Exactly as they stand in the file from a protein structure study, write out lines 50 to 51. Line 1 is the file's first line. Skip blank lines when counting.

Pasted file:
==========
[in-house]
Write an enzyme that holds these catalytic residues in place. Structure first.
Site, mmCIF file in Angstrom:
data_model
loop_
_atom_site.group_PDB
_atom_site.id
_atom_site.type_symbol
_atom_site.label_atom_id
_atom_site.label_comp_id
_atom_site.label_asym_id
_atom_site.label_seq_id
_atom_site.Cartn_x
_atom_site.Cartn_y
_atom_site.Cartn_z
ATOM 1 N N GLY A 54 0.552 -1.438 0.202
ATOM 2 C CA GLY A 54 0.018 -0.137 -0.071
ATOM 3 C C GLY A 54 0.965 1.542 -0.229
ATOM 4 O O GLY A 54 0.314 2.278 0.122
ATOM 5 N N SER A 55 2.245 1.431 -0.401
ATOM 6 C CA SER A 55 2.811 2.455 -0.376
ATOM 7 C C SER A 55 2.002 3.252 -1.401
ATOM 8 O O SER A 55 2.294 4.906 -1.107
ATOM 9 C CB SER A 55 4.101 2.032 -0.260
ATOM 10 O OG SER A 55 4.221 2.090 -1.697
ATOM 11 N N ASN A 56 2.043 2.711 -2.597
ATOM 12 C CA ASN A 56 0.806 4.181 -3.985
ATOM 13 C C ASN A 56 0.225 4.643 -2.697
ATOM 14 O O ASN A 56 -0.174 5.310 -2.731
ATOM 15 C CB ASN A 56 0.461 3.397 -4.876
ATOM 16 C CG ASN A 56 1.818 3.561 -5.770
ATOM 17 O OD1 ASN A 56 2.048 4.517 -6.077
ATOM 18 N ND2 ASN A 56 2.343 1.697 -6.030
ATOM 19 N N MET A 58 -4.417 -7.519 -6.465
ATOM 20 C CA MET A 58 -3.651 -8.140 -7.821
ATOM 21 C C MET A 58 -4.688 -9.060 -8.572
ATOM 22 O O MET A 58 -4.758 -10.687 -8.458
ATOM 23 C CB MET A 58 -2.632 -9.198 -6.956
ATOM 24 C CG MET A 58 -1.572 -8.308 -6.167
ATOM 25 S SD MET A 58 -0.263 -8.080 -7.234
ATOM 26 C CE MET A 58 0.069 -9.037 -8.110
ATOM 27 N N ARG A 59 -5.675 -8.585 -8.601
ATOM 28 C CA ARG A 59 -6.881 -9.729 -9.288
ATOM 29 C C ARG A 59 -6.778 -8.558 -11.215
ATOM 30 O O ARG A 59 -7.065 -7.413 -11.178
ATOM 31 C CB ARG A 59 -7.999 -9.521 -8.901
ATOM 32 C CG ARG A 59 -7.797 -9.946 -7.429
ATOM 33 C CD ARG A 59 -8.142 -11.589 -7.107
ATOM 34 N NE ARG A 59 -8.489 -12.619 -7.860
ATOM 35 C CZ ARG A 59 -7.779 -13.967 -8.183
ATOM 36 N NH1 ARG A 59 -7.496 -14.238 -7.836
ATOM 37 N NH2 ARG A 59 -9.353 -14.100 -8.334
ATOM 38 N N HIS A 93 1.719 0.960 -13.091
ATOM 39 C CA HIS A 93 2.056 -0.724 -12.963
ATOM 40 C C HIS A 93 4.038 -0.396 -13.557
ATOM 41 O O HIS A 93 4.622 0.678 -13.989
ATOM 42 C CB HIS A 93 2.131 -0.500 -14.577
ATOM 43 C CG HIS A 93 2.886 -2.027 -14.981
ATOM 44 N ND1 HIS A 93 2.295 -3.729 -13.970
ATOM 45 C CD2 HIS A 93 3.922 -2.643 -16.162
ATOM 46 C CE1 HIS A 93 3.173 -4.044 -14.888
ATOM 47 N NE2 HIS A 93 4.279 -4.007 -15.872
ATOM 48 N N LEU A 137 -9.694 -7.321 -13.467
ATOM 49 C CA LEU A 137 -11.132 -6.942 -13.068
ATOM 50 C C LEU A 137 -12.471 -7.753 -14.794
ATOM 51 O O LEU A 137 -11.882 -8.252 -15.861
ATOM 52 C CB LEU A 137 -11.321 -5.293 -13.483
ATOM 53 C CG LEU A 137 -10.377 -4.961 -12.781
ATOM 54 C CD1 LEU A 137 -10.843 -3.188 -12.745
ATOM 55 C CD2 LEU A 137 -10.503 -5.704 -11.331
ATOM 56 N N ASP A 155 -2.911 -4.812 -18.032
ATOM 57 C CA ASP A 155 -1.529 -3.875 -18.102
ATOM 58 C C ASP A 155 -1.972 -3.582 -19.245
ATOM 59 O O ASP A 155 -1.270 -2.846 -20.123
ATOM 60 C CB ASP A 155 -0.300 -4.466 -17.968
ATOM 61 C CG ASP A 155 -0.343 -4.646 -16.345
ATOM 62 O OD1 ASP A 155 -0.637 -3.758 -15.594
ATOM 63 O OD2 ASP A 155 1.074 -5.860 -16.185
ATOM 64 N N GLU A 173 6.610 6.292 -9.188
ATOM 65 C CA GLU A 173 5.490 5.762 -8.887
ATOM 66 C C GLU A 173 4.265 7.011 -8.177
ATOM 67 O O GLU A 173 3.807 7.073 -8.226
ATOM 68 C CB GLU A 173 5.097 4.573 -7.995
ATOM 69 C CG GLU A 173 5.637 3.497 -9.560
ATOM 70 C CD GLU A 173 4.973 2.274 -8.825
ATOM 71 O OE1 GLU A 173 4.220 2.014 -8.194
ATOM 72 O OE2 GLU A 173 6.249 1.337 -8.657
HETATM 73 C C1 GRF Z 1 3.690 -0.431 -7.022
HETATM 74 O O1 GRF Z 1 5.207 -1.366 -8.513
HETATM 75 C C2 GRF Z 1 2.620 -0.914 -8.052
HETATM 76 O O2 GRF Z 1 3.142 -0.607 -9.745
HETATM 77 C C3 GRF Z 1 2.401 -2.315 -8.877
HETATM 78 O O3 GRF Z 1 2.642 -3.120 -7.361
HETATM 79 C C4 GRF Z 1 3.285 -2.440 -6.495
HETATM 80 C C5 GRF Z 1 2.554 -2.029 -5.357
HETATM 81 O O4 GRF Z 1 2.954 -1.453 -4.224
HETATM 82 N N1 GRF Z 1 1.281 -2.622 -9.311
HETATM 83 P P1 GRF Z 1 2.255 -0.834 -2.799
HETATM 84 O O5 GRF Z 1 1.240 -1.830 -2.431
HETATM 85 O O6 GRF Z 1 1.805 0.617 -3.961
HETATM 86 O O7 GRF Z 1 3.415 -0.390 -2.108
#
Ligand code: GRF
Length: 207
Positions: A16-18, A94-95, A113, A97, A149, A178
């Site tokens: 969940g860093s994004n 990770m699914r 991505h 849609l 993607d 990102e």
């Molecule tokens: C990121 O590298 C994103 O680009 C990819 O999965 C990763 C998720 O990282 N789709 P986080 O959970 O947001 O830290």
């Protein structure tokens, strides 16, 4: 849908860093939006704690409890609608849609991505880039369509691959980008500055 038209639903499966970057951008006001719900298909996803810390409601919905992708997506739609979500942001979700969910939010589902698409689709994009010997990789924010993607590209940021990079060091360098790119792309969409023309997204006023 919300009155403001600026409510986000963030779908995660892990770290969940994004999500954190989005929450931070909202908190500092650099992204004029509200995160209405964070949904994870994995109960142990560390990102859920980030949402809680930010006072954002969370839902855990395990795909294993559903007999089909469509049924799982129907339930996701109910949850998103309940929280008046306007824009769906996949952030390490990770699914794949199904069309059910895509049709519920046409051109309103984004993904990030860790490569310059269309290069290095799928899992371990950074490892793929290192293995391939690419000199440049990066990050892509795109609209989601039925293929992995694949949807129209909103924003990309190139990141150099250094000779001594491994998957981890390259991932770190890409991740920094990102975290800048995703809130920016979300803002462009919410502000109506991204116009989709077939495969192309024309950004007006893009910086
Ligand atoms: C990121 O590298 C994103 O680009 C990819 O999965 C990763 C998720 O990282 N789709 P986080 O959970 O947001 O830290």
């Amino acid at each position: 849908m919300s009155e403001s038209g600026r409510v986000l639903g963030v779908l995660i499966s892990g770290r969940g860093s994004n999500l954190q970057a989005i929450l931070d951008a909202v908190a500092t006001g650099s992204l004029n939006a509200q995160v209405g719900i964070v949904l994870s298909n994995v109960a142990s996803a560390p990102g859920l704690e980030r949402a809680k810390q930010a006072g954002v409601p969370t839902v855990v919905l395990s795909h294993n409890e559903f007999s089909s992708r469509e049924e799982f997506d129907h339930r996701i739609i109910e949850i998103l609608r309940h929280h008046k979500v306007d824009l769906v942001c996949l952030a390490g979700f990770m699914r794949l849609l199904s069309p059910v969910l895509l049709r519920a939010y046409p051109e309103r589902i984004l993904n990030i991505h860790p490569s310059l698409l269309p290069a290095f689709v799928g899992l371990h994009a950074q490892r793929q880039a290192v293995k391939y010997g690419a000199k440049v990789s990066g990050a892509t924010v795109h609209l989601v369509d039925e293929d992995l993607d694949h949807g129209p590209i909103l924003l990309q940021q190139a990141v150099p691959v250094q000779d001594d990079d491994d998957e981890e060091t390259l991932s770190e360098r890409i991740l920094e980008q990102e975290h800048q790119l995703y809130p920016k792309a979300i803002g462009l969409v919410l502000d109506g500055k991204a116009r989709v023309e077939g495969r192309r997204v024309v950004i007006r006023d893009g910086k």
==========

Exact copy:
ATOM 35 C CZ ARG A 59 -7.779 -13.967 -8.183
ATOM 36 N NH1 ARG A 59 -7.496 -14.238 -7.836